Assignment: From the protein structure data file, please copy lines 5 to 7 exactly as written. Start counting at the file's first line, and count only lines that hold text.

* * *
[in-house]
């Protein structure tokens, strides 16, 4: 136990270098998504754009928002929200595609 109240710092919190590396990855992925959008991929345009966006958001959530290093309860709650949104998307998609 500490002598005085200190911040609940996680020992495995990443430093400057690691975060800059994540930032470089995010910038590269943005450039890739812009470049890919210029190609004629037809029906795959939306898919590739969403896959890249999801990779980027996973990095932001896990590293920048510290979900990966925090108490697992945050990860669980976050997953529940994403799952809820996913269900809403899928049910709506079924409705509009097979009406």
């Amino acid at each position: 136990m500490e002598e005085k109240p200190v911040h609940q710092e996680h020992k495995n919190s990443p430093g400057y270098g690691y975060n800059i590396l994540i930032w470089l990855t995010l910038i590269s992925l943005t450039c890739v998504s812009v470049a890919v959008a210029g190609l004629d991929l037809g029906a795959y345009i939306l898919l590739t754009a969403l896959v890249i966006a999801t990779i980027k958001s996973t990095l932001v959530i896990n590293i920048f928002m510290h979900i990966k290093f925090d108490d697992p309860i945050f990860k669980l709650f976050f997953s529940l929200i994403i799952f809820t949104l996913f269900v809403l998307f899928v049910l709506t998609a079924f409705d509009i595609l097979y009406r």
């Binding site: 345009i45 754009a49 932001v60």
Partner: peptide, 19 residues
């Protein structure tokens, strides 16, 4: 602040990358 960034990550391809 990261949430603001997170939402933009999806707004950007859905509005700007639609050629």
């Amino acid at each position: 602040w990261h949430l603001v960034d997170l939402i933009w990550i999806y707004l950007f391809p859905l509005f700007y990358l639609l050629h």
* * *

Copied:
Partner: peptide, 19 residues
């Protein structure tokens, strides 16, 4: 602040990358 960034990550391809 990261949430603001997170939402933009999806707004950007859905509005700007639609050629």
């Amino acid at each position: 602040w990261h949430l603001v960034d997170l939402i933009w990550i999806y707004l950007f391809p859905l509005f700007y990358l639609l050629h």